Longtime Oakland piano store Piedmont Piano opened the doors to its new location in Oakland’s Uptown district last weekend, becoming the latest business to join a neighborhood that includes the Fox Theater, Uptown, Flora, Bench and Bar, Somar Bar, the New Parish, and just-opened Hibiscus restaurant. “It’s a fabulous place to be,” said Piedmont Piano owner Jim Callahan.
The store kicked things off on Thursday with a celebration that extended four days and included free live performances by Omar Sosa Afreecanos Quartet, Del Sol Quartet, Eldar Trio, Larry Vuckovich Trio, and many others. (See photos here.)
Piedmont Piano purchased the beautiful Art Deco building located at 1728 San Pablo Avenue at 18th Street, the former home of the California Furniture Company built in 1946. The owner said they moved from their Piedmont Avenue location, where they had been for 31 years, because they were growing and needed a bigger space. Piedmont Piano had opened a San Francisco location five years ago, which held classical and jazz performances, but closed it a year and a half ago partially due to a significant raise in rent. “It came at a time when we realized that, in this world, having two piano stores just ten miles apart just doesn’t make sense,” said Callahan. “We moved back to Oakland and immediately started looking for a new, larger home and one we could buy. … The minute we saw [the new building] … we recognized it would be really perfect for us.”
The new space is large enough to accommodate a large piano showroom, performance space, music school and practice rooms, warehouse, rehearsal space, and recording studio. However, Callahan said the company is still keeping its Piedmont Avenue location for lessons because their music school is “thriving.”
The main focus of the new location will be as a performance space — especially for jazz, said Callahan. He said that while the East Bay has jazz venues, “there’s a lack of performance spaces with good pianos.” (Read about the closing of Anna’s Jazz Island here) “They have good pianos at Jazzschool and Yoshi’s, but they’re not as good as our pianos.” Their secret weapon? The ultra-pricey, ultra-rare, Italian-made Fazioli pianos. “They make pianos that a lot of people think are in a whole other world of their own than a lot of the great pianos in the world,” said Callahan.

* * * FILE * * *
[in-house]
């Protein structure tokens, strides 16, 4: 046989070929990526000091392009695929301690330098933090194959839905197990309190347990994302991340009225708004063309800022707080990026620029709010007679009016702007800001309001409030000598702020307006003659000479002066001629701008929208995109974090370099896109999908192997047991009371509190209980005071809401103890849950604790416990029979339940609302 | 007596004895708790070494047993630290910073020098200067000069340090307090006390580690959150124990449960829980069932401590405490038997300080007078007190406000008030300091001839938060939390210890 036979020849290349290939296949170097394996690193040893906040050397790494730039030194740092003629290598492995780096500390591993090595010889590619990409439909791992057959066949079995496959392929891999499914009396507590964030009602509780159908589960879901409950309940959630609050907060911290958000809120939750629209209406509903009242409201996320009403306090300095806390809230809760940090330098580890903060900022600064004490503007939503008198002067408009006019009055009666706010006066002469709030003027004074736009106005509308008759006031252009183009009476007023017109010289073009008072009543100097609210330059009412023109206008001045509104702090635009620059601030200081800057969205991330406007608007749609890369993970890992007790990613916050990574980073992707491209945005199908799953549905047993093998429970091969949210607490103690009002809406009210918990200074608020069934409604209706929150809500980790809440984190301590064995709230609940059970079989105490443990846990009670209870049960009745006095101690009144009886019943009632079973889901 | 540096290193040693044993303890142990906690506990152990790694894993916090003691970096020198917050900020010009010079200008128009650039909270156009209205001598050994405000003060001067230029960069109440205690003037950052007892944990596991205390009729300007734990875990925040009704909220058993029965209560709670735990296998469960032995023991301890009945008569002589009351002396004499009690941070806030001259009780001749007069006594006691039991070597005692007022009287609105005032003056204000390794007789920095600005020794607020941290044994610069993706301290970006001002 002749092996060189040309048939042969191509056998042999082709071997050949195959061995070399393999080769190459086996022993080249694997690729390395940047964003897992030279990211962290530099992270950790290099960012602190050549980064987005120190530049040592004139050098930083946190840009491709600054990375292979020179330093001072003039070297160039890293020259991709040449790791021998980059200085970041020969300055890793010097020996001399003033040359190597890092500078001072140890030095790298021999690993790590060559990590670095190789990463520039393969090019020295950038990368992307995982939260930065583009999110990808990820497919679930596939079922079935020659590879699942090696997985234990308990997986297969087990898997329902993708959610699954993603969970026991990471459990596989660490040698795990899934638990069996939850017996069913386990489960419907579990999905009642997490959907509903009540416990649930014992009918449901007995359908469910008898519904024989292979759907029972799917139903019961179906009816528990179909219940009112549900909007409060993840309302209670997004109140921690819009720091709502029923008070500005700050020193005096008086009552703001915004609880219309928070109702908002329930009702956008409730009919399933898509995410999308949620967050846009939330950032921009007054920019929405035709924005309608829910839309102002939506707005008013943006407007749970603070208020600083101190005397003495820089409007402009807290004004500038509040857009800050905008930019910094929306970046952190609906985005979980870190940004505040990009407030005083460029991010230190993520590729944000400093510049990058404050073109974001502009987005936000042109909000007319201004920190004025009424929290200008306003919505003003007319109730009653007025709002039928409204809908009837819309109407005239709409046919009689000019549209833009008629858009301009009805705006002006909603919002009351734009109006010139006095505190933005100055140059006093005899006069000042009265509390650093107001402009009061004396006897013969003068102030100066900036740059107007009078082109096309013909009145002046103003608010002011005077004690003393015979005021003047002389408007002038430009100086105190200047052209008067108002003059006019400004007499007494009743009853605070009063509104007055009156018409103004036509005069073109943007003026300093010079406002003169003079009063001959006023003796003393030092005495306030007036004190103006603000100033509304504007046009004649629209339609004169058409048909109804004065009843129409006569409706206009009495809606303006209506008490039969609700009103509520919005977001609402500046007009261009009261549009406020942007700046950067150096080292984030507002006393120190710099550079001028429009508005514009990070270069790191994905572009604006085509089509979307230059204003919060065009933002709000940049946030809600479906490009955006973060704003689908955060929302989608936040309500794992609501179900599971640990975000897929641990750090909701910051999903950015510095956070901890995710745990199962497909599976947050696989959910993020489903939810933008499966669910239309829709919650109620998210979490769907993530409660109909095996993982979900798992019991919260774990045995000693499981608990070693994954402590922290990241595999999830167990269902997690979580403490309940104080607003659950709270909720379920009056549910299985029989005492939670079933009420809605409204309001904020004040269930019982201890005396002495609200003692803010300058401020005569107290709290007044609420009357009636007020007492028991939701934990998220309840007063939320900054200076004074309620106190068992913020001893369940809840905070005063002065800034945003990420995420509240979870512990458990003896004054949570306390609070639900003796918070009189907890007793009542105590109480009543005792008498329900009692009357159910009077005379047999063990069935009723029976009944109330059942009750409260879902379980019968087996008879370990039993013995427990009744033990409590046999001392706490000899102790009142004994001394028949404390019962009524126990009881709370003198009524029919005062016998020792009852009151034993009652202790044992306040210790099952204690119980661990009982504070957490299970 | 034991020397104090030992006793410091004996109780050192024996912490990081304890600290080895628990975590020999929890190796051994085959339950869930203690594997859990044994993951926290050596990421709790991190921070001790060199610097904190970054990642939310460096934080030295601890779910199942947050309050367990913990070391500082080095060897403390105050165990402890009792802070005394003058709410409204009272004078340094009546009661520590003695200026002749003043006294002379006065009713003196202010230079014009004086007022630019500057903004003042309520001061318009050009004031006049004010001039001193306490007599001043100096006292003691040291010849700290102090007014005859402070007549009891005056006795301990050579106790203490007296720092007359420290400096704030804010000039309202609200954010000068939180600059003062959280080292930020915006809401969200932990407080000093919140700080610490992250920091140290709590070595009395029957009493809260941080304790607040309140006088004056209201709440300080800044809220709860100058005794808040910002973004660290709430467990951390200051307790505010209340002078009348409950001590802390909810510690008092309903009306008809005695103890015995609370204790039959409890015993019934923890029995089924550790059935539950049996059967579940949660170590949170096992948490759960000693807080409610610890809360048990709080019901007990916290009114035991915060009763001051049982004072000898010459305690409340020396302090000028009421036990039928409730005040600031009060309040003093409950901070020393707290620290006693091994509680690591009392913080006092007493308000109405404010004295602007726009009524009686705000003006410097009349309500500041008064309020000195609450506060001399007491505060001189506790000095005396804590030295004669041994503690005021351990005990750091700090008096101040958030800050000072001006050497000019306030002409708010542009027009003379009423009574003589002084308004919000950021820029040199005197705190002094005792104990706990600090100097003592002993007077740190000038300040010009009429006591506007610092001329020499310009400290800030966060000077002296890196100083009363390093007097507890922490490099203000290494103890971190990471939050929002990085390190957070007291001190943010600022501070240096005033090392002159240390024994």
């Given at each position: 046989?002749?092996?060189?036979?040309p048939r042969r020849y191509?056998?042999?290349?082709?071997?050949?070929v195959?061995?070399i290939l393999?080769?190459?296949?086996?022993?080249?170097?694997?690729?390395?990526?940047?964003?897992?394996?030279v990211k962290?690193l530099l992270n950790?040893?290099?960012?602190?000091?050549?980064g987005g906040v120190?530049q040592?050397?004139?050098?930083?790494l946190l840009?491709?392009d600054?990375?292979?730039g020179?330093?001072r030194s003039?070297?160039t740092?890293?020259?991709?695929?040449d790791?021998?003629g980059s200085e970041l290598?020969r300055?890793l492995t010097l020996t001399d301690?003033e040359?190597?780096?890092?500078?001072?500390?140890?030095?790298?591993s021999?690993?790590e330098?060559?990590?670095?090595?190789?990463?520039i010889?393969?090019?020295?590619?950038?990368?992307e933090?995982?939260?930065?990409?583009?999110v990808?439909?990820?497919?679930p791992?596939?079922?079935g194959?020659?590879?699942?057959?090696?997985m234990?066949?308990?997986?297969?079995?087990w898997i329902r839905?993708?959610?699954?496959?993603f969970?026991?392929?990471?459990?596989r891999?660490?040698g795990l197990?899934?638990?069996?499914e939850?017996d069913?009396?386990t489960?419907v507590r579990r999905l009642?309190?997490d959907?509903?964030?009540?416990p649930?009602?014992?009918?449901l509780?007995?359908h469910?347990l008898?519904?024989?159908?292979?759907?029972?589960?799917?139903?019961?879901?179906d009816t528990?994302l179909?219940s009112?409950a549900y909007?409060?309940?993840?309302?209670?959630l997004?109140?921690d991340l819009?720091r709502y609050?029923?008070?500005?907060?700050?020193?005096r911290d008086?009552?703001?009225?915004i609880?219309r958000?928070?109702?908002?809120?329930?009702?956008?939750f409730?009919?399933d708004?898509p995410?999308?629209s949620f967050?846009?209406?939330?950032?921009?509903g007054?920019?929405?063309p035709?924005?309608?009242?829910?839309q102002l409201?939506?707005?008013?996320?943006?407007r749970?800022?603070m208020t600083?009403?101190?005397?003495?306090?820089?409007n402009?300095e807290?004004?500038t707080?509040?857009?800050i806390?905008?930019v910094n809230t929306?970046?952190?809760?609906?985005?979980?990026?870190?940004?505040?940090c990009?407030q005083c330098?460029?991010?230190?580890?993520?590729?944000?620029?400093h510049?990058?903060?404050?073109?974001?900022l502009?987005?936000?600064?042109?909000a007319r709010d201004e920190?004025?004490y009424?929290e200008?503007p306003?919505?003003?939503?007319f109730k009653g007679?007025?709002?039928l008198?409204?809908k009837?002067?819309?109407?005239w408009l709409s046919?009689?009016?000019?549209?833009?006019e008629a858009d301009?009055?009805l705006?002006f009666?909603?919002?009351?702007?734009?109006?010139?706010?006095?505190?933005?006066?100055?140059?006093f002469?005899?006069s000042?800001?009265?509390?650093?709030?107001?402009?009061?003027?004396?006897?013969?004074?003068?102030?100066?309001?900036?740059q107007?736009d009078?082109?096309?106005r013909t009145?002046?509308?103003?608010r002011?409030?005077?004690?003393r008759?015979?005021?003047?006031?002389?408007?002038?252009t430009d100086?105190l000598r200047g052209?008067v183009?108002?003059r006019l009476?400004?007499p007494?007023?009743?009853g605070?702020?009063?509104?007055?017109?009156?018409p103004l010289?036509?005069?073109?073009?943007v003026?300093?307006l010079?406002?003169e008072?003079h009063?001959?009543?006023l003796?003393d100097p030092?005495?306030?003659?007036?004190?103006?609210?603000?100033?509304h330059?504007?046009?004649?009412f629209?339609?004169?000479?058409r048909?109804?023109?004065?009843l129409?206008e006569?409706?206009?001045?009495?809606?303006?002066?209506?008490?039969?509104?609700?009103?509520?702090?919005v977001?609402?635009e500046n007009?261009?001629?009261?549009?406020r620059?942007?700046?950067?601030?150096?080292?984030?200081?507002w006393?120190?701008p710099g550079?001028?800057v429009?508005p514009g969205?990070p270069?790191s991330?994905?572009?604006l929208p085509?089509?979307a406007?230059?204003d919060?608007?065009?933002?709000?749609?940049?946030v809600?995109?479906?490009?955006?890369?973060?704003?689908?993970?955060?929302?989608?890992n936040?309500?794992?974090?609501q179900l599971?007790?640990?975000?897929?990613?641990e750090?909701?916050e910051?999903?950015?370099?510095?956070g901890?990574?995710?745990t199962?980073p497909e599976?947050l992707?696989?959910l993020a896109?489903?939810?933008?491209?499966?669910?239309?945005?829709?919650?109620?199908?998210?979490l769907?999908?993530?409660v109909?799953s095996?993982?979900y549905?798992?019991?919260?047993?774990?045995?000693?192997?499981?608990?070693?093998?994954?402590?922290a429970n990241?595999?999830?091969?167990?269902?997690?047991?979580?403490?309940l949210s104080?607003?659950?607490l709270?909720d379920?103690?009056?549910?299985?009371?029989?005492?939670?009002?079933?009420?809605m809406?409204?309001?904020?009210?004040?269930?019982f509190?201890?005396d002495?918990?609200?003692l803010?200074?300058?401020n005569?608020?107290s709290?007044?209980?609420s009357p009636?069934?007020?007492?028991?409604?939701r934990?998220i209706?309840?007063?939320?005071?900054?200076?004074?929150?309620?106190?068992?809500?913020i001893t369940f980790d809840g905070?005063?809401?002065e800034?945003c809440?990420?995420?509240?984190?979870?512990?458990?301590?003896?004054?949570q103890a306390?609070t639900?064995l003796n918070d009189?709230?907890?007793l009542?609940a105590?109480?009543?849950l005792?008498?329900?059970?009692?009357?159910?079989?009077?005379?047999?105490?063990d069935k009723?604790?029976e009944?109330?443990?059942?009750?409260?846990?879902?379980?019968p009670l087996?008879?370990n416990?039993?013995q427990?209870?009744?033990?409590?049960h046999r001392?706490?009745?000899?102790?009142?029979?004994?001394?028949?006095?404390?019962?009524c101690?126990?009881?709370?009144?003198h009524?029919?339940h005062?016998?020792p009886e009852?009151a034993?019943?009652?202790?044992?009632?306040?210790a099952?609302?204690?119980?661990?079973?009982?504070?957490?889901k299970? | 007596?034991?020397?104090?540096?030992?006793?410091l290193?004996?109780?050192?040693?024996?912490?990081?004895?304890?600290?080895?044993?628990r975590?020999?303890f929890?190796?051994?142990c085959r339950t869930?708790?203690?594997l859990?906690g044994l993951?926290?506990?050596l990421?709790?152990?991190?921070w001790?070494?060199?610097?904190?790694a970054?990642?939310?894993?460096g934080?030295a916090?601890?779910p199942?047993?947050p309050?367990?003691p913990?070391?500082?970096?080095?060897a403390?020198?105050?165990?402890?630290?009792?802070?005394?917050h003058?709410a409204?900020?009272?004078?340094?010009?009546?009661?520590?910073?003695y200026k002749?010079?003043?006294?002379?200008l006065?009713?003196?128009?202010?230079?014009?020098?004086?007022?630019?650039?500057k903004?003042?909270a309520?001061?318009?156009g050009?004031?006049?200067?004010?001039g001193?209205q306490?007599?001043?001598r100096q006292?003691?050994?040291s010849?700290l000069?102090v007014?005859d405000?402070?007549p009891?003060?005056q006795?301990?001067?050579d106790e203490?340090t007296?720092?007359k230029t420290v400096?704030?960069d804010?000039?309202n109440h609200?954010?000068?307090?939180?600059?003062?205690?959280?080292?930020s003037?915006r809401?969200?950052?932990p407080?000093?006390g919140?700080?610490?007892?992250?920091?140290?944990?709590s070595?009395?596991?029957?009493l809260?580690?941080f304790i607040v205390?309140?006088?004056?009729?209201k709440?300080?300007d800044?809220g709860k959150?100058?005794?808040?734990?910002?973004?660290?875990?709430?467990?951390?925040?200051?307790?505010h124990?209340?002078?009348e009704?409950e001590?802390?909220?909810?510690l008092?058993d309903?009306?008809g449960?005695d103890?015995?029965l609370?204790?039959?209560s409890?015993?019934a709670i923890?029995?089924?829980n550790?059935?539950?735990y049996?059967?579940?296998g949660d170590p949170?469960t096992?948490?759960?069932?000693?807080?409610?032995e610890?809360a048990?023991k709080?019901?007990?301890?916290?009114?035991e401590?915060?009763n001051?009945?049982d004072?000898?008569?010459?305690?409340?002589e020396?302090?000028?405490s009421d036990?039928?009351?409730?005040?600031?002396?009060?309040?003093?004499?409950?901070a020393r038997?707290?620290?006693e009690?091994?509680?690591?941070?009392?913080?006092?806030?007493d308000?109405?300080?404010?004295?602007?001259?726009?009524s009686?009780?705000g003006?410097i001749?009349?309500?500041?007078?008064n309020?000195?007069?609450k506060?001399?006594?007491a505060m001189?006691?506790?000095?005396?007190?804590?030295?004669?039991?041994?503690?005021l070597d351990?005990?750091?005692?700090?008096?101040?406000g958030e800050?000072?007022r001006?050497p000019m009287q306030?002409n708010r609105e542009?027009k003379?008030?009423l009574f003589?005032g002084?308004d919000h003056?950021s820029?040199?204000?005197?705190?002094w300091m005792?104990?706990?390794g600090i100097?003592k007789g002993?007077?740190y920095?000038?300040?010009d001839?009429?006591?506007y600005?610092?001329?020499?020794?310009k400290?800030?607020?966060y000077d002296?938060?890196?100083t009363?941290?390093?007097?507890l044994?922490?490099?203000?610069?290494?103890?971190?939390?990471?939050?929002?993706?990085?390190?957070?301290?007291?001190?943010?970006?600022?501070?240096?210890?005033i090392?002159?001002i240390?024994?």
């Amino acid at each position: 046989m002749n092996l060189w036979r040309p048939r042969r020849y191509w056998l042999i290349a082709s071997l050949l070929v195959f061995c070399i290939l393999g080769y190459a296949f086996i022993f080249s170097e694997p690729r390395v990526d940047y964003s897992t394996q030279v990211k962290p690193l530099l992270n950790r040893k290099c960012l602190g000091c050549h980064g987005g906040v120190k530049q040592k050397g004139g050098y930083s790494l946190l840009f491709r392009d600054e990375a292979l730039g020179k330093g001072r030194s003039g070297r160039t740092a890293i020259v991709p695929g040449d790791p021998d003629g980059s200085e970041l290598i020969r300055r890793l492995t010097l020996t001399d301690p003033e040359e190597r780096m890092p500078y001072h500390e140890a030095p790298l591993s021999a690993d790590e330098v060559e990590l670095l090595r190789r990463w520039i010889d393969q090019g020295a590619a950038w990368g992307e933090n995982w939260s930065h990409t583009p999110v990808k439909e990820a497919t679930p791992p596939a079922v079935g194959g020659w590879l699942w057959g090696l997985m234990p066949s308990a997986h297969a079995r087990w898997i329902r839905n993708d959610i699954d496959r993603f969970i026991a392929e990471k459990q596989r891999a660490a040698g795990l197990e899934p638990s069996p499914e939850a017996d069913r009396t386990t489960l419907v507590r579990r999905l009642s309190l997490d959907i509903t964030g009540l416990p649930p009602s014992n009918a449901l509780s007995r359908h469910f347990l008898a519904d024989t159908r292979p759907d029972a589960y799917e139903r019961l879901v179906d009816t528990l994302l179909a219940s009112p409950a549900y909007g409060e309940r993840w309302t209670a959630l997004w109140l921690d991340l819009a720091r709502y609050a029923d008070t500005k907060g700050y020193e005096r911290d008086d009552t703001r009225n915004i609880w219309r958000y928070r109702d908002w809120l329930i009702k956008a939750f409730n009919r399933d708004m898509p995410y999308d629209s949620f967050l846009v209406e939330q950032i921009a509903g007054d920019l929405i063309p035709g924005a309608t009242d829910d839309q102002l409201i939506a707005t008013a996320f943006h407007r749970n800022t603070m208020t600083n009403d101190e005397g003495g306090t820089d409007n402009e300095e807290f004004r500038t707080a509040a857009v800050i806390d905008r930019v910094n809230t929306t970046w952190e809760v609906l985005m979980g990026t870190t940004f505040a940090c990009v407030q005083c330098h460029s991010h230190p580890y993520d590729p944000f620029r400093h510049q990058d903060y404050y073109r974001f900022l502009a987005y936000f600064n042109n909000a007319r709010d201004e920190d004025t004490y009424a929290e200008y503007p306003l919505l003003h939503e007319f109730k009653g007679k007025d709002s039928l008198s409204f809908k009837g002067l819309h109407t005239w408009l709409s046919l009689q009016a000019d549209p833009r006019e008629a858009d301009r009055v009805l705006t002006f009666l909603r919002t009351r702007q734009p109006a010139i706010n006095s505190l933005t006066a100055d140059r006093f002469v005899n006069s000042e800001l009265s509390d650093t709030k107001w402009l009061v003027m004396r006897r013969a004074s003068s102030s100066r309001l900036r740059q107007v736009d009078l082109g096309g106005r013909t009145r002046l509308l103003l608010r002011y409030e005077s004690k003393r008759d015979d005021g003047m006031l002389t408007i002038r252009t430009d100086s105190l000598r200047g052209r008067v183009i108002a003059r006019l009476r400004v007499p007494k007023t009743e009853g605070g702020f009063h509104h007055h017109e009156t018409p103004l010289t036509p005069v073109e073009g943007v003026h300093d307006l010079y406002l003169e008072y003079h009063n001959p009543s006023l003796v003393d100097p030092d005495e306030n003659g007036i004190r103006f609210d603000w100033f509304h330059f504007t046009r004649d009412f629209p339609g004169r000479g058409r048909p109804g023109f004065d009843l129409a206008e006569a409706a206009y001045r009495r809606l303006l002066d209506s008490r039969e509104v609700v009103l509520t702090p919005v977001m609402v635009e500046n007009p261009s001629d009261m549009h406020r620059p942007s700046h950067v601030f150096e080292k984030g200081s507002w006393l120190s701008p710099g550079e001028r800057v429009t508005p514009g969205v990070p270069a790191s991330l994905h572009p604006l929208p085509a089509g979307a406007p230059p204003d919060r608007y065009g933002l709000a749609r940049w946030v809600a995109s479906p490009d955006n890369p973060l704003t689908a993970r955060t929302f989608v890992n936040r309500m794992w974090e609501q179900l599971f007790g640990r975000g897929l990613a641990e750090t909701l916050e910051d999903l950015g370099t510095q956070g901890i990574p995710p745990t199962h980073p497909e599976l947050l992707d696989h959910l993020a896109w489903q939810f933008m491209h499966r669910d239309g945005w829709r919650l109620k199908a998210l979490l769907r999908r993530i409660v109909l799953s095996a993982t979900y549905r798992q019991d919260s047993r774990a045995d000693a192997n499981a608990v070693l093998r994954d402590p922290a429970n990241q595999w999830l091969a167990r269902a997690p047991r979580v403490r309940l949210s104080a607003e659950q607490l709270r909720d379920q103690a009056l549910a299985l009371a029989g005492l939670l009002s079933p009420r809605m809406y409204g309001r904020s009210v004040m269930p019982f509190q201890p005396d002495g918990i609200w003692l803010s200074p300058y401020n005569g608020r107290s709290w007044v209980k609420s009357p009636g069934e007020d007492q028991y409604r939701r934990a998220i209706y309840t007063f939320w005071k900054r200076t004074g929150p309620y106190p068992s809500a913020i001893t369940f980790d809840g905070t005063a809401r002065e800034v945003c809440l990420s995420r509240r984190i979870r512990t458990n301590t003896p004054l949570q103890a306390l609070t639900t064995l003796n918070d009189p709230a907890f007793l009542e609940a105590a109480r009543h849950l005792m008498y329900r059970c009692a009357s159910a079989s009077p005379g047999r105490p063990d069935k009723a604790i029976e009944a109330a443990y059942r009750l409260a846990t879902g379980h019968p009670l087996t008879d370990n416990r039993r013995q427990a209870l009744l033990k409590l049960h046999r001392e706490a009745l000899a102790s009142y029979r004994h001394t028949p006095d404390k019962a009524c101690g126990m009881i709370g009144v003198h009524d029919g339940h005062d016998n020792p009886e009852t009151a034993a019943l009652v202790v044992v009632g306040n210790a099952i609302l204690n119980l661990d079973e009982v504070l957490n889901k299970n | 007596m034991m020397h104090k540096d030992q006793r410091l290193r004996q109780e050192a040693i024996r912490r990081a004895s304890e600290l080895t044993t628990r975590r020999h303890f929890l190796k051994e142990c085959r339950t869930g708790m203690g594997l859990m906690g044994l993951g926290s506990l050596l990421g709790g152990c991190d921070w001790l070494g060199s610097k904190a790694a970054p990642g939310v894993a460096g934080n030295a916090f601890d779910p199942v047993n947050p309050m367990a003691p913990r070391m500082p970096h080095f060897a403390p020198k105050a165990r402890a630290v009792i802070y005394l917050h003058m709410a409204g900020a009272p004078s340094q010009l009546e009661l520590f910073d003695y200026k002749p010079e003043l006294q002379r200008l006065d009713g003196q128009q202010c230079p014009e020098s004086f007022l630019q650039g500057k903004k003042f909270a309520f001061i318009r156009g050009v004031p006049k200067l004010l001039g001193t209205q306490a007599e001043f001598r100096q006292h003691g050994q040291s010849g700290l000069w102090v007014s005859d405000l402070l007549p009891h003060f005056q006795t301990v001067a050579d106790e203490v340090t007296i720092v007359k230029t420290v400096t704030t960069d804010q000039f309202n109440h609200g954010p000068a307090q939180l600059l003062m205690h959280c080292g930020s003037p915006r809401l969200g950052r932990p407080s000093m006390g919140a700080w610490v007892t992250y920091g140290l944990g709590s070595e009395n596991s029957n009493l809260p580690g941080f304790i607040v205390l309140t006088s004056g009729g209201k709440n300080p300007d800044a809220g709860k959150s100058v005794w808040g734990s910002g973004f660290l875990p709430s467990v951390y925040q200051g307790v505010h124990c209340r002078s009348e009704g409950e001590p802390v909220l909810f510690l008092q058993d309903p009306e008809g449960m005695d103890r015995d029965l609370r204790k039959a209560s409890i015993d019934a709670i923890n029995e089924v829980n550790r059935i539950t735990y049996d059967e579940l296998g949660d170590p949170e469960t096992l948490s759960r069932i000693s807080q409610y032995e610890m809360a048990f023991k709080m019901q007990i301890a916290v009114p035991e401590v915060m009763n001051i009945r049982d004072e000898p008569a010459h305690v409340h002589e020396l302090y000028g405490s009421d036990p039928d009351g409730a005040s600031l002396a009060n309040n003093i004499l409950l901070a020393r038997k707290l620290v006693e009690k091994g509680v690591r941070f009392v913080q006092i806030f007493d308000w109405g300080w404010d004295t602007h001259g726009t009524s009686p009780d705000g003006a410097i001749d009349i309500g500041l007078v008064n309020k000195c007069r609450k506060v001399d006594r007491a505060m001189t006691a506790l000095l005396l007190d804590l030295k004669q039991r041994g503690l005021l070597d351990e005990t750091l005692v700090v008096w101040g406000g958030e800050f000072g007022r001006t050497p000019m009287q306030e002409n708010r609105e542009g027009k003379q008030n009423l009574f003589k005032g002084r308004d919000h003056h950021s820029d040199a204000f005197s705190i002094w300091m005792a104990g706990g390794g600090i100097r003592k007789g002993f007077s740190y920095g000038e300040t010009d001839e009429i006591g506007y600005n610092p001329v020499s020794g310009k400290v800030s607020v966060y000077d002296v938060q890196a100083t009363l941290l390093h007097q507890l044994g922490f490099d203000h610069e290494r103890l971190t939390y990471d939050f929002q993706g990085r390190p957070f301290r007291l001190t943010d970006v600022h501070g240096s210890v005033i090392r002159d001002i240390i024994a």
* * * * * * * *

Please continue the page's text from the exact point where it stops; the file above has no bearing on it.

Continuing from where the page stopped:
There are only five Fazioli dealers in the entire United States, according to Callahan, and since they cost about $200,000, finding buyers isn’t easy. So the fact that performers can play Piedmont Piano’s Faziolis is likely to be a strong draw for performers and fans alike.
However, the performances aren’t expected to be money-makers for Piedmont Piano. Callahan said the impetus behind them — besides for the simple joy of it — is to draw in new potential customers to buy their pianos. All the money from the sale of tickets goes to the musicians, and they don’t charge musicians to perform. Callahan said they hope to hold about forty concerts a year — which will range from classical to jazz and beyond. The concerts don’t have to include pianists, either, although they’ll most likely be acoustic. They’ve been known to host a bluegrass concert and string quartet in the past. Those interested in performing at Piedmont Piano should contact Callahan at firstname.lastname@example.org.